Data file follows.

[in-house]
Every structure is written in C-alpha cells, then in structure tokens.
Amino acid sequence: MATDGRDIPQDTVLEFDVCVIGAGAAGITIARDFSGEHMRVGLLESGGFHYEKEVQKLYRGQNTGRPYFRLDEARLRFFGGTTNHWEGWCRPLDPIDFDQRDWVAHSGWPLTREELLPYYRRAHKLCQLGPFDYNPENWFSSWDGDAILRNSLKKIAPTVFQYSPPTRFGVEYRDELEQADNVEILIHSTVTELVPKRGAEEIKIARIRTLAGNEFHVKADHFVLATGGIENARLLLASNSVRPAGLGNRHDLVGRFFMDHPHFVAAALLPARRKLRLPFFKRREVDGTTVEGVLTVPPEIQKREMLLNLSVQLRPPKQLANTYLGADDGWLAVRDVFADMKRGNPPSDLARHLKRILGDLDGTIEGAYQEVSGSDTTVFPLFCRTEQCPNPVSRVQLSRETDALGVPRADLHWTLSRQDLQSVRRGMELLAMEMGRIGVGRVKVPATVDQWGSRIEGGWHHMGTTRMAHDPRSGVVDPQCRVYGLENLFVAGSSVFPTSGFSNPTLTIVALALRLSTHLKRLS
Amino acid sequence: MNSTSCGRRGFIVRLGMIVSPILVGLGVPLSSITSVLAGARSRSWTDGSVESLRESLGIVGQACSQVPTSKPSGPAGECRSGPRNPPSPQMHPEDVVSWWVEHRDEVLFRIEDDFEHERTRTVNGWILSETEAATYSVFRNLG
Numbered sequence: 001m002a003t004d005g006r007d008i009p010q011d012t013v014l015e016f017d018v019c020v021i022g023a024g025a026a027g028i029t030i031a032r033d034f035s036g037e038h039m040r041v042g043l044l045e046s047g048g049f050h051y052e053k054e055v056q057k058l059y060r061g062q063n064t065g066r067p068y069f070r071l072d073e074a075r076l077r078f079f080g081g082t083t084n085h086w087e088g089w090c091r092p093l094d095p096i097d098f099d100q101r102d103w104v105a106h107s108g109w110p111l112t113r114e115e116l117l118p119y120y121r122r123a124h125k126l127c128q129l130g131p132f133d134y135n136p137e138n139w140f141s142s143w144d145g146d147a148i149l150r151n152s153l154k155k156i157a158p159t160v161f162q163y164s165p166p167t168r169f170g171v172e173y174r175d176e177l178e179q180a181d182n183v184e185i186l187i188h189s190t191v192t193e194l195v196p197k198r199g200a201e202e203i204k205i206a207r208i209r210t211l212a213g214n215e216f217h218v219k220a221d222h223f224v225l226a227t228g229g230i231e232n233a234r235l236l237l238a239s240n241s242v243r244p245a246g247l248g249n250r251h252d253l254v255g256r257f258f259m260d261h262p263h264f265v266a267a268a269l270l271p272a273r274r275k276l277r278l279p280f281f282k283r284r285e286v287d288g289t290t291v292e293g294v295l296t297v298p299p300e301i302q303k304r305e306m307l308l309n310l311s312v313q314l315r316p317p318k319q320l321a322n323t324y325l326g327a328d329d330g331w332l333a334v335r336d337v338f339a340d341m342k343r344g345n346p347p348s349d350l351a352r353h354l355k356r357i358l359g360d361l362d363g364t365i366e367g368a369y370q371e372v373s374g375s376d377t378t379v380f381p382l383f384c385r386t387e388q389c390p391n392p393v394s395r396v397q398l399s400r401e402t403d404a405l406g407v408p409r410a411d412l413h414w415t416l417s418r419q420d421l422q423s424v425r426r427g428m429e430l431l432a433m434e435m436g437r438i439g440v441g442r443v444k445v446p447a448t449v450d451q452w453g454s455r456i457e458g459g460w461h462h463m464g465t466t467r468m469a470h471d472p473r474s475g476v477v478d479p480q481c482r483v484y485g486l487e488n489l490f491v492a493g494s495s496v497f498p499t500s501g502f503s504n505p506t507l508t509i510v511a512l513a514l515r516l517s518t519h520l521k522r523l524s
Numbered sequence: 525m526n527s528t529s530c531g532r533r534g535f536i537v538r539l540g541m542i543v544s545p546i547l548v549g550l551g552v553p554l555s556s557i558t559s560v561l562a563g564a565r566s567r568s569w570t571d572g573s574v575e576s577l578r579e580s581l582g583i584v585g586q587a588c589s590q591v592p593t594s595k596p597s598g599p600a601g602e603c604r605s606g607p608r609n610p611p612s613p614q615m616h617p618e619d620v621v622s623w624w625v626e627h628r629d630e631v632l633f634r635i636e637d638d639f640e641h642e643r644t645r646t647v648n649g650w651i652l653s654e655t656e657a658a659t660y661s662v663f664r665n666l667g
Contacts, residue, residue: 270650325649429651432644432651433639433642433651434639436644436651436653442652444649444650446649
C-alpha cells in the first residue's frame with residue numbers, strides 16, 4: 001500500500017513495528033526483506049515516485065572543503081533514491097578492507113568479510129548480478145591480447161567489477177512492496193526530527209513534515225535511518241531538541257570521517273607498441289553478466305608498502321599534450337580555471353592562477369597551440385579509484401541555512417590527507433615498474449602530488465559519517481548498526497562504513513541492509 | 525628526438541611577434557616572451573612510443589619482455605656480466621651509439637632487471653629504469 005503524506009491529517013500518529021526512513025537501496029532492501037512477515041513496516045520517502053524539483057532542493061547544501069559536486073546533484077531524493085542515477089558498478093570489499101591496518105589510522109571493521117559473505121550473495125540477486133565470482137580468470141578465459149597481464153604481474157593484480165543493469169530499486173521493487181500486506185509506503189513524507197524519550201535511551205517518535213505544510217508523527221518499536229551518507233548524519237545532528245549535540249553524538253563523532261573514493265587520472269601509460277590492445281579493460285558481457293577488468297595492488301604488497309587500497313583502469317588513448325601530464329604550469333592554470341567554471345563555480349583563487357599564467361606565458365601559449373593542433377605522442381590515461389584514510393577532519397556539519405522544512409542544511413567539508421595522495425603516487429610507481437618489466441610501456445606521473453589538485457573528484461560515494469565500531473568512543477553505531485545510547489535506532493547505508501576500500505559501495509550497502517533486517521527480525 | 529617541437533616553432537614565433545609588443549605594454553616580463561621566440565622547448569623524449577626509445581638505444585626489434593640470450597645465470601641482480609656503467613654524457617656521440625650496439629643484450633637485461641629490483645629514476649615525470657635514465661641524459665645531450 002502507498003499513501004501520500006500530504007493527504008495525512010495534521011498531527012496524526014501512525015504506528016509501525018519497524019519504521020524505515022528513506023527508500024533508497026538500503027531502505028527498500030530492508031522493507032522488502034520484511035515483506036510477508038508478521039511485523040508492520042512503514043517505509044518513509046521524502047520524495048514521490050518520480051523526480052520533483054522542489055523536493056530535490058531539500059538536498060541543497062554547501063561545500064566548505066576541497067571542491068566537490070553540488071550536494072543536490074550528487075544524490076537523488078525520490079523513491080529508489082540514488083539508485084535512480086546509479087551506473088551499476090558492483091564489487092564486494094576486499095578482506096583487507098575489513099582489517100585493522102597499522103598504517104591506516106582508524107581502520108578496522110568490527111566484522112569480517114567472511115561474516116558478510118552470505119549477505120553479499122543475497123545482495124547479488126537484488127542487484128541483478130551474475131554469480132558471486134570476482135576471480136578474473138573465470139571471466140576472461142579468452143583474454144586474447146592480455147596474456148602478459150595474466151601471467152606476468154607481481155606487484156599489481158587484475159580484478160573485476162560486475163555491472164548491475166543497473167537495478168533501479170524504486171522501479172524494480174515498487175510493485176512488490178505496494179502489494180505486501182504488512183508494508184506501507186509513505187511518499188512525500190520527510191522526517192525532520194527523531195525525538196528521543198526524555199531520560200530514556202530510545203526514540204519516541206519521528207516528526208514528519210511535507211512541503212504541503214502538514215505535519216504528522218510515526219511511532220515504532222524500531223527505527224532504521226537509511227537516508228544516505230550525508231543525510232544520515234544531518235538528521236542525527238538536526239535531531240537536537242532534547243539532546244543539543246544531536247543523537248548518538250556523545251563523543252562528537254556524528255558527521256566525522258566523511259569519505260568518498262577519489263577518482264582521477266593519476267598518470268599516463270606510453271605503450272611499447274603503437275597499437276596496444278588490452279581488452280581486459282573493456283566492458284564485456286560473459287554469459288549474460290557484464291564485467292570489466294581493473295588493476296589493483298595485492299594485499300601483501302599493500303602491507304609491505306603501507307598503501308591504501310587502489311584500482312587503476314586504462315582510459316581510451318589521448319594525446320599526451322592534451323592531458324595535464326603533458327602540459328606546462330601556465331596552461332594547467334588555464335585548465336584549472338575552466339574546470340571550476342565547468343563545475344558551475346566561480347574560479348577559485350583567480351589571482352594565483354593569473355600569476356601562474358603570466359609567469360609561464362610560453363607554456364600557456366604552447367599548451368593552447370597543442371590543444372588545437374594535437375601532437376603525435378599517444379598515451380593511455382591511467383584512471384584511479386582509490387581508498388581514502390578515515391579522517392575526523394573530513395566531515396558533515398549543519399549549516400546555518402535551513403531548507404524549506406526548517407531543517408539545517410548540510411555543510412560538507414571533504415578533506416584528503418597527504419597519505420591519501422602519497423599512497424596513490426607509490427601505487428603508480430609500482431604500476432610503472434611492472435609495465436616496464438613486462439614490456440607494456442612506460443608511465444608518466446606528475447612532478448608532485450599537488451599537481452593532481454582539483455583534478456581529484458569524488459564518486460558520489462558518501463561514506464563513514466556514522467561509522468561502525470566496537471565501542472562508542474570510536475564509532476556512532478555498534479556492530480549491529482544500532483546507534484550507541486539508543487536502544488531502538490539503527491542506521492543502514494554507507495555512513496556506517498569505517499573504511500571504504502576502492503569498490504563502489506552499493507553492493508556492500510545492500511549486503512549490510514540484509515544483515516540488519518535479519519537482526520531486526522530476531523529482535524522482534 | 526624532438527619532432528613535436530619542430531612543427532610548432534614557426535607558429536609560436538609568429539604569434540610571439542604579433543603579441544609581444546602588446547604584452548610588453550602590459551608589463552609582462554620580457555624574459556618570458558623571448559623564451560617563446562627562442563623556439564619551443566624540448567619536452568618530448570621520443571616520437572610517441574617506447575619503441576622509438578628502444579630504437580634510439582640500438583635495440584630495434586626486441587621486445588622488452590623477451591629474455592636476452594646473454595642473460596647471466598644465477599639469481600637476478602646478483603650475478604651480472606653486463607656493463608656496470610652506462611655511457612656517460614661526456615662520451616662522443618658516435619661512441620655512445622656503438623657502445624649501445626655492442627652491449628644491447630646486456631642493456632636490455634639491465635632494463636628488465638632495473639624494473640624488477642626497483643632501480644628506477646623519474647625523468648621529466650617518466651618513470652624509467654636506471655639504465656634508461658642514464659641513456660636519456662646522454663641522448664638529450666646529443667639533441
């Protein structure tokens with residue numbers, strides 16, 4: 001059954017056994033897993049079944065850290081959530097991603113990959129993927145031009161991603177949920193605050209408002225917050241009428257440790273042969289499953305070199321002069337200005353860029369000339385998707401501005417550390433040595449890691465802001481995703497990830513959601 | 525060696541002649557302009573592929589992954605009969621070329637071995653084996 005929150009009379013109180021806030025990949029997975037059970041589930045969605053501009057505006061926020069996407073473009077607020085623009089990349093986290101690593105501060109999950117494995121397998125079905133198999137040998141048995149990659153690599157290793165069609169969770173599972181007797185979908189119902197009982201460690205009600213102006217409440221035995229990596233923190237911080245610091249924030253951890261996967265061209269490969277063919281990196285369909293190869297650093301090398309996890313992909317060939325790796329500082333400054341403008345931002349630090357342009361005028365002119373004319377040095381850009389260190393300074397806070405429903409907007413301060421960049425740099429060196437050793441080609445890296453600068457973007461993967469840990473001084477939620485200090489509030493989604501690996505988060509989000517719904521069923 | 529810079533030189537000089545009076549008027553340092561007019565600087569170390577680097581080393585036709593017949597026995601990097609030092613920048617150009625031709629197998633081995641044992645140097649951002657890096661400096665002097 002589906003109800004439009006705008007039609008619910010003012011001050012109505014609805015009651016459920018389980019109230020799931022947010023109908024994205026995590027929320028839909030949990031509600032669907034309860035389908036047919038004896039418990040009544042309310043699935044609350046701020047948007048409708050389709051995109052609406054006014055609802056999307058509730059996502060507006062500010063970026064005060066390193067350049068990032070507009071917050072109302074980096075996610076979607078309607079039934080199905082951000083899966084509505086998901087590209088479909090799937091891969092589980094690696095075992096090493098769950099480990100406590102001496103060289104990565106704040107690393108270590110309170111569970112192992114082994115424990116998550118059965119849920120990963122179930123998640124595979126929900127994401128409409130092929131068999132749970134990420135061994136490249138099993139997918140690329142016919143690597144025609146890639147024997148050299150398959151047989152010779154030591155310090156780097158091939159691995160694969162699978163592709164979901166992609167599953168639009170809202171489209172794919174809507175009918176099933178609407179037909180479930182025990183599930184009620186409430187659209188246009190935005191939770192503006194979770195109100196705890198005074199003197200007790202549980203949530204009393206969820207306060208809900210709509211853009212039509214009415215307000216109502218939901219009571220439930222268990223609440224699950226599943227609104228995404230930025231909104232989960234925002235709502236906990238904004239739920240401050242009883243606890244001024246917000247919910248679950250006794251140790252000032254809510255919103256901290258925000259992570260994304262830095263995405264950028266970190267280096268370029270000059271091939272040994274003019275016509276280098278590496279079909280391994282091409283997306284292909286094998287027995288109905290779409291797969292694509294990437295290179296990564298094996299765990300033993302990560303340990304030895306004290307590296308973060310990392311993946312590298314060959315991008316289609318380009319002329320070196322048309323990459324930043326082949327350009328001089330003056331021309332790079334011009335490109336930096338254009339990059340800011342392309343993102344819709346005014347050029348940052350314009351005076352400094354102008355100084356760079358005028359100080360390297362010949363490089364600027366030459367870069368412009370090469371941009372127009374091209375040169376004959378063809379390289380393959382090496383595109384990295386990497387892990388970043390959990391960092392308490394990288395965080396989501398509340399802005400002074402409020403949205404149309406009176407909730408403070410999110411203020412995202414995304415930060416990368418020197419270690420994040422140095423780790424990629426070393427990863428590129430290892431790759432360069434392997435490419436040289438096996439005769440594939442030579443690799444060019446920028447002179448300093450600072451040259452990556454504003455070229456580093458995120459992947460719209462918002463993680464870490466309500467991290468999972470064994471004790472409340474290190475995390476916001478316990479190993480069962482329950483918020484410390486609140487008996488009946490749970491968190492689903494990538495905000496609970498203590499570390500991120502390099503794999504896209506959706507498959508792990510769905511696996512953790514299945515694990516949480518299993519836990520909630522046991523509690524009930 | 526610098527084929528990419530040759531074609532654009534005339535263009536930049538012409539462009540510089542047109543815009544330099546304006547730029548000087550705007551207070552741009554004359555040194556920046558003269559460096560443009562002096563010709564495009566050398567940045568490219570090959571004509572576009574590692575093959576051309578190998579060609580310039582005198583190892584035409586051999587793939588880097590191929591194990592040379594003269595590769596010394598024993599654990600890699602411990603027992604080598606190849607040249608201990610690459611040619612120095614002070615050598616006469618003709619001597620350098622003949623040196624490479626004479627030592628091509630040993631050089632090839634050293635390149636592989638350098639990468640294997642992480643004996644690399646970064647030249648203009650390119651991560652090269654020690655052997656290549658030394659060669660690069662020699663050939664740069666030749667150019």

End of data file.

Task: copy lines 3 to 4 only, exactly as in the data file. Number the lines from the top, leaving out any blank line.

Amino acid sequence: MATDGRDIPQDTVLEFDVCVIGAGAAGITIARDFSGEHMRVGLLESGGFHYEKEVQKLYRGQNTGRPYFRLDEARLRFFGGTTNHWEGWCRPLDPIDFDQRDWVAHSGWPLTREELLPYYRRAHKLCQLGPFDYNPENWFSSWDGDAILRNSLKKIAPTVFQYSPPTRFGVEYRDELEQADNVEILIHSTVTELVPKRGAEEIKIARIRTLAGNEFHVKADHFVLATGGIENARLLLASNSVRPAGLGNRHDLVGRFFMDHPHFVAAALLPARRKLRLPFFKRREVDGTTVEGVLTVPPEIQKREMLLNLSVQLRPPKQLANTYLGADDGWLAVRDVFADMKRGNPPSDLARHLKRILGDLDGTIEGAYQEVSGSDTTVFPLFCRTEQCPNPVSRVQLSRETDALGVPRADLHWTLSRQDLQSVRRGMELLAMEMGRIGVGRVKVPATVDQWGSRIEGGWHHMGTTRMAHDPRSGVVDPQCRVYGLENLFVAGSSVFPTSGFSNPTLTIVALALRLSTHLKRLS
Amino acid sequence: MNSTSCGRRGFIVRLGMIVSPILVGLGVPLSSITSVLAGARSRSWTDGSVESLRESLGIVGQACSQVPTSKPSGPAGECRSGPRNPPSPQMHPEDVVSWWVEHRDEVLFRIEDDFEHERTRTVNGWILSETEAATYSVFRNLG